Structural Analysis and Protein Functionalization of Electroconductive Polypyrrole Films Modified by Plasma Immersion Ion Implantation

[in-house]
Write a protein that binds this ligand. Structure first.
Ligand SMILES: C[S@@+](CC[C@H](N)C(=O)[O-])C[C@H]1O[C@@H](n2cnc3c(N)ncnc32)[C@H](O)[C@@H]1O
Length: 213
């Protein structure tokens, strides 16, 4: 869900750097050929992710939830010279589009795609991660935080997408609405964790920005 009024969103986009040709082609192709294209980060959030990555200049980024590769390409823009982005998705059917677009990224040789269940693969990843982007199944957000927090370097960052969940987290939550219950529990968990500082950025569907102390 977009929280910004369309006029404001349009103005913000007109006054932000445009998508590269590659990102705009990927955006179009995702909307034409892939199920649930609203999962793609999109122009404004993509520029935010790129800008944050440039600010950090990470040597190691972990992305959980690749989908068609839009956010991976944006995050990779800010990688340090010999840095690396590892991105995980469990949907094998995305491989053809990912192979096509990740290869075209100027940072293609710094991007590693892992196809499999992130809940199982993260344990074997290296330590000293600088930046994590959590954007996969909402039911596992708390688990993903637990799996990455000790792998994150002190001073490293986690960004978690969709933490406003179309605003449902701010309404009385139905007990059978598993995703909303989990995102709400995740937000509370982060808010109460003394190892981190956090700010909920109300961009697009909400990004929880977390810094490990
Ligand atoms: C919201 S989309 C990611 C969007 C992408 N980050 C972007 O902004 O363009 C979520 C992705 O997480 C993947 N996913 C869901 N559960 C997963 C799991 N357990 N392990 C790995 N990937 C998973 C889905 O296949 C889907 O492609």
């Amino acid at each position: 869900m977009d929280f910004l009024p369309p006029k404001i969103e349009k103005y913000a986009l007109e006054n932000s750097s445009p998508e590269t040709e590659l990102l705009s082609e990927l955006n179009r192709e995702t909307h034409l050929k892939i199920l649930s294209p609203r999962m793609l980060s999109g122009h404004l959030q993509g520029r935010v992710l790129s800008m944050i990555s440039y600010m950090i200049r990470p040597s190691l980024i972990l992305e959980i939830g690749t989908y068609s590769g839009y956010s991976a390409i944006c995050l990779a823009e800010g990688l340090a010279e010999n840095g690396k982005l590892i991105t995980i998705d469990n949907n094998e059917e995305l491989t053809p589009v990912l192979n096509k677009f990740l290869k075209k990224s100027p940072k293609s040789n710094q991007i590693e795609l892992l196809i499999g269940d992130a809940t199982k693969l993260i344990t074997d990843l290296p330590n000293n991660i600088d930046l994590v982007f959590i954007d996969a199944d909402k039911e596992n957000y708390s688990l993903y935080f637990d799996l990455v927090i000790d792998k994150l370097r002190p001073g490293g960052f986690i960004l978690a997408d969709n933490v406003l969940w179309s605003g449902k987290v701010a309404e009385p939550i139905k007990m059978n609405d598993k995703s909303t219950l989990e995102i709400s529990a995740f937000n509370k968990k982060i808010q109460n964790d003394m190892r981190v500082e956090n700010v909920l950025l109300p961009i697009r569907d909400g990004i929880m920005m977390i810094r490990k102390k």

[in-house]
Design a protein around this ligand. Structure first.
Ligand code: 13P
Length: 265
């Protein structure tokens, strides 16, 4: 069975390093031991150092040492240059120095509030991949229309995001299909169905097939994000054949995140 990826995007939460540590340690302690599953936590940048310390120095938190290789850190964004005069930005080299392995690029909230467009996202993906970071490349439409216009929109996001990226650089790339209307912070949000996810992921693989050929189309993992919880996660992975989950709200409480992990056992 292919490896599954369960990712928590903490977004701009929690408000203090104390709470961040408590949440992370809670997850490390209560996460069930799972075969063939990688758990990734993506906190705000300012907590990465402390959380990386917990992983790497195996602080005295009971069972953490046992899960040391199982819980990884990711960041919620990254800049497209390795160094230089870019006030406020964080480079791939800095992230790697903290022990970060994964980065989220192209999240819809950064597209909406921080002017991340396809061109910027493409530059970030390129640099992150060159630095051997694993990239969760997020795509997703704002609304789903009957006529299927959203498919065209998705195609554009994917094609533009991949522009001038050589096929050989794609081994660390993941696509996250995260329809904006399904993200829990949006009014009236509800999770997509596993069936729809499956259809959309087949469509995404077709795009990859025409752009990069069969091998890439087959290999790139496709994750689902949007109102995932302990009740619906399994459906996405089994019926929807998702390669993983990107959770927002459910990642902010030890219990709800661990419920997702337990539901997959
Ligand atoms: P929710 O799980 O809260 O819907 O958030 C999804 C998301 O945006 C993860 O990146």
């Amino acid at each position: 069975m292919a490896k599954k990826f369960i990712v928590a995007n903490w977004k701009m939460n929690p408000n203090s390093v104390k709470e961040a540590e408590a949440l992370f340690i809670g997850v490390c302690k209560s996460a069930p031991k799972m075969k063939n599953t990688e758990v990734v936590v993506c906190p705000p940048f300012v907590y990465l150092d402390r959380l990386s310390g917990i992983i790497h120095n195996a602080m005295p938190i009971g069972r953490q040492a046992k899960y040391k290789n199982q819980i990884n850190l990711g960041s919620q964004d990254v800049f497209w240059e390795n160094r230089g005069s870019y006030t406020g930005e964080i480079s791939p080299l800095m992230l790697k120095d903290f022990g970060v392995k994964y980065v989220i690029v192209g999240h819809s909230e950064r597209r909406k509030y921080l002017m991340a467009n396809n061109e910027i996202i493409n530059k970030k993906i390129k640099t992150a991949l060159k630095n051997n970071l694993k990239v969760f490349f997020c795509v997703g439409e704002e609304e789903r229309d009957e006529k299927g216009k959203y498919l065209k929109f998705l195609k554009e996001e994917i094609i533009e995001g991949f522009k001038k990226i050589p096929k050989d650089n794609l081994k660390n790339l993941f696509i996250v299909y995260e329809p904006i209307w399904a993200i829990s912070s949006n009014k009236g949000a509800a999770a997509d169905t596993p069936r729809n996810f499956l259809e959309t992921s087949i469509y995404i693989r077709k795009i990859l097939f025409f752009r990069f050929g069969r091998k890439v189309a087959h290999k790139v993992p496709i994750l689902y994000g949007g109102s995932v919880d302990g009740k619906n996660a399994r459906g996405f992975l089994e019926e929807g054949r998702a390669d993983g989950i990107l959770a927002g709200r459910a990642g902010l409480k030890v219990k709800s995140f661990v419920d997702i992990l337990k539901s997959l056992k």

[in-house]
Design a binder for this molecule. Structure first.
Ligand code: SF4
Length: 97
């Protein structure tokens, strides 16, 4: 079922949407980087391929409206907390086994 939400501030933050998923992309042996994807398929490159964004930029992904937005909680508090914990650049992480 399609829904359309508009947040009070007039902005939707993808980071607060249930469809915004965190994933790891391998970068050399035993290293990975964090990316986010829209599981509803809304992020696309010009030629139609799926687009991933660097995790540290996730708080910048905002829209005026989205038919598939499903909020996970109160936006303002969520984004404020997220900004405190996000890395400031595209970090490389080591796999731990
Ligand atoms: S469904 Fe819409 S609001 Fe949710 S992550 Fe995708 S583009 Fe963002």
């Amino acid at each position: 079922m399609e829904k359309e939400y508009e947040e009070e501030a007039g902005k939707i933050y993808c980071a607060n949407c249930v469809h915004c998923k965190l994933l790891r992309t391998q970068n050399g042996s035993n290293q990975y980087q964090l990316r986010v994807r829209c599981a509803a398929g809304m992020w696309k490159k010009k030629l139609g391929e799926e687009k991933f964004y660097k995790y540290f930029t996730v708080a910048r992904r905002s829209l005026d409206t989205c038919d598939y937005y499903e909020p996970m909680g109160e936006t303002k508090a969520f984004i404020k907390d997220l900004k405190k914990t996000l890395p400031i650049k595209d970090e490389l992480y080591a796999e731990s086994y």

Conducting polymers are good candidates for electronic biomedical devices such as biosensors, artificial nerves, and electrodes for brain tissue. Functionalizing the conducting polymer surface with bioactive molecules can limit adverse immune reactions to the foreign body and direct tissue integration. In this work, we demonstrate a simple one-step method to attach biomolecules covalently to a conductive polymer. Electrochemically synthesized polypyrrole was activated using plasma immersion ion implantation (PIII) in nitrogen. A short treatment with relatively low ion fluence (20 s) was found to enable direct covalent immobilization of protein upon incubation in a protein solution, while the protein is easily removed from untreated polypyrrole by washing in buffer. The covalent nature of the protein immobilization was demonstrated by its resistance to elution when repeatedly washed with SDS detergent. Changes in the surface properties and their evolution with time after PIII activation were studied by a combination of attenuated total reflection Fourier transform infrared spec troscopy (ATR-FTIR), Raman spectroscopy, X-ray photoelectron spectroscopy (XPS), atomic force microscopy (AFM), cyclic voltammetry, and water contact angle measurements. Notable changes in the chemistry of the modified layer in polypyrrole include the appearance of nitrile groups that gradually disappear with time and oxidation of the surface that increases over time in air. The kinetics of surface energy are consistent with the generation of radicals in the modified layer that are lost predominantly through oxidation. The conductivity of the modified surface layer (64 nm in thickness) decreases for low fluence treatments and is partially restored after high fluence treatment. This simple surface modification process opens up the possibility of creating biologically active interfaces for electro-stimulating biomedical devices and electrical sensing of neurological processes.